Ann Gwilliam of Little Dean Forest of Dean (General)

by MIKELEWIS237, Sunday, June 14, 2020, 12:39 (96 days ago)

Ann Gwilliam the daughter of John and Martha Gwilliam was possibly age just 16 when she married my third Great Grandfather James Smith (Corker) on 29th February 1808 at St. Ethelbert Church Little Dean.
Would be helpful if any one could please help me in confirming the following.
Could Ann have been just 16 when she married and secondly could James have been a Corker/Corkcutter? by profession.
My thoughts are that Ann could have been 16 when she married with the consent of her parents or gardian and James could have been a (Corker/Corkcutter).
James and Ann had 3 children James Smith (a Brush Maker) in Gloucester who was born in 1808,Ann born 1817(a Shoe binder) and William born 1820 (Tailor) all three children were baptised at St.John the Baptist Gloucester.
Mike

Ann Gwilliam of Little Dean Forest of Dean

by sidtoomey01 @, Brisbane, Queensland, Australia, Sunday, June 14, 2020, 23:17 (96 days ago) @ MIKELEWIS237

https://www.ancestry.com.au/search/collections/4732
Gloucestershire , England, Church of England Baptisms, Marriages and Burials Register 1538-1813.
Littledean 1783-1812
Page 9 of 96.

The above register has a record

" Ann of John & Martha Gwilliam baptised on 20th May 1792"

Sid Toomey

Ann Gwilliam of Little Dean Forest of Dean

by sidtoomey01 @, Brisbane, Queensland, Australia, Monday, June 15, 2020, 11:51 (95 days ago) @ MIKELEWIS237

Baptism Registers available on Ancestry will show the following.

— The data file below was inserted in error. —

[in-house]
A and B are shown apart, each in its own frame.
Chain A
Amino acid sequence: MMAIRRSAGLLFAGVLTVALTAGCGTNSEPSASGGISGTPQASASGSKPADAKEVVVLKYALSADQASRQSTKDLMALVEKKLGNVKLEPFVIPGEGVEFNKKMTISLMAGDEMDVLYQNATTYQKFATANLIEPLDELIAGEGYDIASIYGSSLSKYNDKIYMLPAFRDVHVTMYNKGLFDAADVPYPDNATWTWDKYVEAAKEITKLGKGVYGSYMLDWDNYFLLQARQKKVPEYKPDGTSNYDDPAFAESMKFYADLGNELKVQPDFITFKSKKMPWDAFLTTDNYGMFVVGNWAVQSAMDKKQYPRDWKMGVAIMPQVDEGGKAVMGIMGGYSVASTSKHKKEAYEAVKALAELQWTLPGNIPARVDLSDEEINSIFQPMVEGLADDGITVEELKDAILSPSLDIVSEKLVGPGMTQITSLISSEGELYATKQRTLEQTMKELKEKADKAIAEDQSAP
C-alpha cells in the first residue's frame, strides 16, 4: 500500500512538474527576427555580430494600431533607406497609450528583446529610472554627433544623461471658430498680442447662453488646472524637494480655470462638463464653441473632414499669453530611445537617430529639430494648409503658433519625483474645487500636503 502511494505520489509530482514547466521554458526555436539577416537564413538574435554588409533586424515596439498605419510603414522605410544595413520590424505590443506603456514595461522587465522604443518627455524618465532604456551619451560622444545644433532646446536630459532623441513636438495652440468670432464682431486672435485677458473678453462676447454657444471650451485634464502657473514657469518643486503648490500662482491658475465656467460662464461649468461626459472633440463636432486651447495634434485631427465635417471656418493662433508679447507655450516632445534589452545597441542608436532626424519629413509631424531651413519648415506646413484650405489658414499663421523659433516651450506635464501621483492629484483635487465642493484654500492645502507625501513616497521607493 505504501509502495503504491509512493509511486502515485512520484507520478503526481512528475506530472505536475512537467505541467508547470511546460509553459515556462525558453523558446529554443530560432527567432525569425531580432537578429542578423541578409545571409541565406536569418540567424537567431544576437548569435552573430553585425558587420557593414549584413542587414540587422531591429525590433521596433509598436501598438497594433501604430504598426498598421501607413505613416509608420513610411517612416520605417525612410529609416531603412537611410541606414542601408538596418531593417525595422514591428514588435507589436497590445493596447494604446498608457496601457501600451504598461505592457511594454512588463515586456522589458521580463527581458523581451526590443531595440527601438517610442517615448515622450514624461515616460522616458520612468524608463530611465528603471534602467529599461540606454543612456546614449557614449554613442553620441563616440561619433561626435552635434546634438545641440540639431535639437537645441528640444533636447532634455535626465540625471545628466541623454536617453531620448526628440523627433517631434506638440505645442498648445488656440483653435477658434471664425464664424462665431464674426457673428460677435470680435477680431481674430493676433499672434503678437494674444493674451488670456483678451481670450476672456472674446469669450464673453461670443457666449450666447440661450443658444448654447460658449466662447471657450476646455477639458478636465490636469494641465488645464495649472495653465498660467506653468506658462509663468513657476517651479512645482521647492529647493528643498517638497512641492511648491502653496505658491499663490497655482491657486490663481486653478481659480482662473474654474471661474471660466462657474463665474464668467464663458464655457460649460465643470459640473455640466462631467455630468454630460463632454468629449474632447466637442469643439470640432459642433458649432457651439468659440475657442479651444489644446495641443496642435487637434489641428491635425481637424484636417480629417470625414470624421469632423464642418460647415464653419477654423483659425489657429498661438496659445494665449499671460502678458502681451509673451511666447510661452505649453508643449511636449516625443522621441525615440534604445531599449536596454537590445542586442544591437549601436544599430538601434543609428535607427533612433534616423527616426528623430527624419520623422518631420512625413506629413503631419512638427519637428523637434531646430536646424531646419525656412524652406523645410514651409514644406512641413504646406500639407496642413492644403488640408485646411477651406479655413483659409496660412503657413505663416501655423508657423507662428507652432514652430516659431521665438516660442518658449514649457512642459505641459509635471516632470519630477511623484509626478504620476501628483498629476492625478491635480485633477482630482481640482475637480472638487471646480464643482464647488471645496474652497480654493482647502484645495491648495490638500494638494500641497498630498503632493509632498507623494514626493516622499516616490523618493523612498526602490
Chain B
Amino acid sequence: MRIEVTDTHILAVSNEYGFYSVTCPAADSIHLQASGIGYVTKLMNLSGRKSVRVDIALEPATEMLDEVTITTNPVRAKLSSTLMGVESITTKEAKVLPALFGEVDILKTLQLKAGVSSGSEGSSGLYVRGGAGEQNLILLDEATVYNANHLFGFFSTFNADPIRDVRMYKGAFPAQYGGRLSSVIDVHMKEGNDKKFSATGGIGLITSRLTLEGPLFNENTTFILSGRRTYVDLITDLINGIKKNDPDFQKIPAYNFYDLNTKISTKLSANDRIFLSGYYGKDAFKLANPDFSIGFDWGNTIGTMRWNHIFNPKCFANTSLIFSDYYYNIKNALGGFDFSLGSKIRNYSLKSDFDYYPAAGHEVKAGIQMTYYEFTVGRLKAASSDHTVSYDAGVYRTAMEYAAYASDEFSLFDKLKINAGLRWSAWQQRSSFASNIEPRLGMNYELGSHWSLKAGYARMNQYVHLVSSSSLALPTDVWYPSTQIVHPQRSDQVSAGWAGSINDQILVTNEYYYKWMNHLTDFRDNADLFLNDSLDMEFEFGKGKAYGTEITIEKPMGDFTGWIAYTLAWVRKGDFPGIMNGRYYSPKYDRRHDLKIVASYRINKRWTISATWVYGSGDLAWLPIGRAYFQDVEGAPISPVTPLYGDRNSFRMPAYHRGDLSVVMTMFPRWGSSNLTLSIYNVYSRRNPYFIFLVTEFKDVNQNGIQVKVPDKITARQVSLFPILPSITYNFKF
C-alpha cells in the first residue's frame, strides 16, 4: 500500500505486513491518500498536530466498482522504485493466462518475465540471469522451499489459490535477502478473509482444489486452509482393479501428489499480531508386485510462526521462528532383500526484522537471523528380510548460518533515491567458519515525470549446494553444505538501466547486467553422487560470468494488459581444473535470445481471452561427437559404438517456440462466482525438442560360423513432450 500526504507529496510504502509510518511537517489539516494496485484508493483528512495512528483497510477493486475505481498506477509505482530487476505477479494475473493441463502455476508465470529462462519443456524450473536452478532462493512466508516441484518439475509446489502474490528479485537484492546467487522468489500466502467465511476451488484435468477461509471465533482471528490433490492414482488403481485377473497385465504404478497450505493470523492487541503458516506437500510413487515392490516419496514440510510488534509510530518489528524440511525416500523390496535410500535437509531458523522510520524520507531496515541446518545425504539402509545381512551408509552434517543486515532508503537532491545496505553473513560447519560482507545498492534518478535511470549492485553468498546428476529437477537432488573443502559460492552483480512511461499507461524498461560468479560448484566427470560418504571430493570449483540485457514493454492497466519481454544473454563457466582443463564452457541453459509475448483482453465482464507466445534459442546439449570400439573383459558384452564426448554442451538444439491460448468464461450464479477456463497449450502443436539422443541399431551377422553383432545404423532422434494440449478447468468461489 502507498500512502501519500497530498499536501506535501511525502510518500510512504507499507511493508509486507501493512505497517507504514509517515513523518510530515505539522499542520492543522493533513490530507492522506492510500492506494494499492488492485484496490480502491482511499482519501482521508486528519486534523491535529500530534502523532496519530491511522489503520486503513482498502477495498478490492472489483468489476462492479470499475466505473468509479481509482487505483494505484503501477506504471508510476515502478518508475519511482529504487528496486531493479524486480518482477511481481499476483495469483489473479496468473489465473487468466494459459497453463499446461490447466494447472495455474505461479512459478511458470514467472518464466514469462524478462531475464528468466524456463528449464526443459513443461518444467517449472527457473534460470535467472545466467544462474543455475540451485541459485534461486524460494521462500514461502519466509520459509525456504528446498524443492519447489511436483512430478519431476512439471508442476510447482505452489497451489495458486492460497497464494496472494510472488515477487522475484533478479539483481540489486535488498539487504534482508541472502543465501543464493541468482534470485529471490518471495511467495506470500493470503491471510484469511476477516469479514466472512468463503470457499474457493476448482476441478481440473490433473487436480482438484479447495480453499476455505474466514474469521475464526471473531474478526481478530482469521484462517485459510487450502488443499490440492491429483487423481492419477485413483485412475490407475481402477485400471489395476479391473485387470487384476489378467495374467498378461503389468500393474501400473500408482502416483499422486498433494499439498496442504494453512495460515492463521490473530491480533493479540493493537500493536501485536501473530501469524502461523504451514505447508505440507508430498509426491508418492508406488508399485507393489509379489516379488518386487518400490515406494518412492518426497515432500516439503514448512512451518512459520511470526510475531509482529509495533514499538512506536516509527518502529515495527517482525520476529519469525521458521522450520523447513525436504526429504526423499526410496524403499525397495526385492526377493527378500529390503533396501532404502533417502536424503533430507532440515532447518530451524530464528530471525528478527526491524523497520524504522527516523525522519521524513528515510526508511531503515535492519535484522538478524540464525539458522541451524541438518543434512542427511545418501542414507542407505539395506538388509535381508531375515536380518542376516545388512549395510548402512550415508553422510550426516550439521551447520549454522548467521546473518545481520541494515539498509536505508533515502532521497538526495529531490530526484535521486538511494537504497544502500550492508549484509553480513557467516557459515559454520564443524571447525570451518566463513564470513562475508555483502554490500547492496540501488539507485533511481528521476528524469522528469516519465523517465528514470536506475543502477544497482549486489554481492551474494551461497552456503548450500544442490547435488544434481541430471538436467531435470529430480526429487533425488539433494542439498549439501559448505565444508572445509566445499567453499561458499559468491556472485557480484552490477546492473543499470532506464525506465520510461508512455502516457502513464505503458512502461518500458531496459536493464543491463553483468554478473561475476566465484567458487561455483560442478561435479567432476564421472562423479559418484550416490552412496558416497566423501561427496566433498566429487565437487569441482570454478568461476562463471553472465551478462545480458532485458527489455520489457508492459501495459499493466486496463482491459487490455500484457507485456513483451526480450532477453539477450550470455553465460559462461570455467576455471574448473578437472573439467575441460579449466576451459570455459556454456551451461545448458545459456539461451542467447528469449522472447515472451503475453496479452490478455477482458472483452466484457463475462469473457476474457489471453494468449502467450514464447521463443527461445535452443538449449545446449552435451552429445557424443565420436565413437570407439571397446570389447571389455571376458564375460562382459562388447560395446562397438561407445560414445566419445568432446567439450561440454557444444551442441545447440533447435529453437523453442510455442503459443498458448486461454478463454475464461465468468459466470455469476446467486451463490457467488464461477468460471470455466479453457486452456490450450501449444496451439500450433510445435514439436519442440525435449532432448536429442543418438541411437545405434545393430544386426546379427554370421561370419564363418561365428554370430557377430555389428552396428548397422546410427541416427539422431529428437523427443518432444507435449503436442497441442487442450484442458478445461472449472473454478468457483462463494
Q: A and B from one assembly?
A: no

(a) Ann baptised on 27th July 1817.
Fathers occupation recorded as Corkcutter.
Page 3 of 8 in the 1817 Register

(b) William Baptised on 6th August 1820
Fathers occupation recorded as Corkcutter.
Page 3 of 6 in the 1820 Register.

The first Child was born before 1813 so was recorded in the old style registers where no occupation was recorded.
I trust this is what you might have been looking for.

Sid Toomey

Ann Gwilliam of Little Dean Forest of Dean

by MPGriffiths @, Monday, June 15, 2020, 16:47 (95 days ago) @ sidtoomey01

Found this information on Rootschat

'From The Book of Trades or Library of Useful Arts 1811 (Volume 2) '

"The cork-cutter's business requires but little ingenuity; the knives used in the operation have a peculiar construction, and they must be exceedingly sharp. The knife is almost the only instrument wanted in the trade. The principal demand for corks is for the purpose of stopping bottles; these are cut by men and women, who receive a certain price per gross for their labour. Cork-cutters sell also corks by the gross. It is on the blackest and dirtiest of all the trades, and not very profitable either for the master or the journeyman."

Ann Gwilliam of Little Dean Forest of Dean

by MIKELEWIS237, Monday, June 15, 2020, 18:06 (95 days ago) @ MPGriffiths

Hi.
Many thanks for your message with reference to 'The Cork cutter' most appreciated.
Mike

RSS Feed of thread
powered by my little forum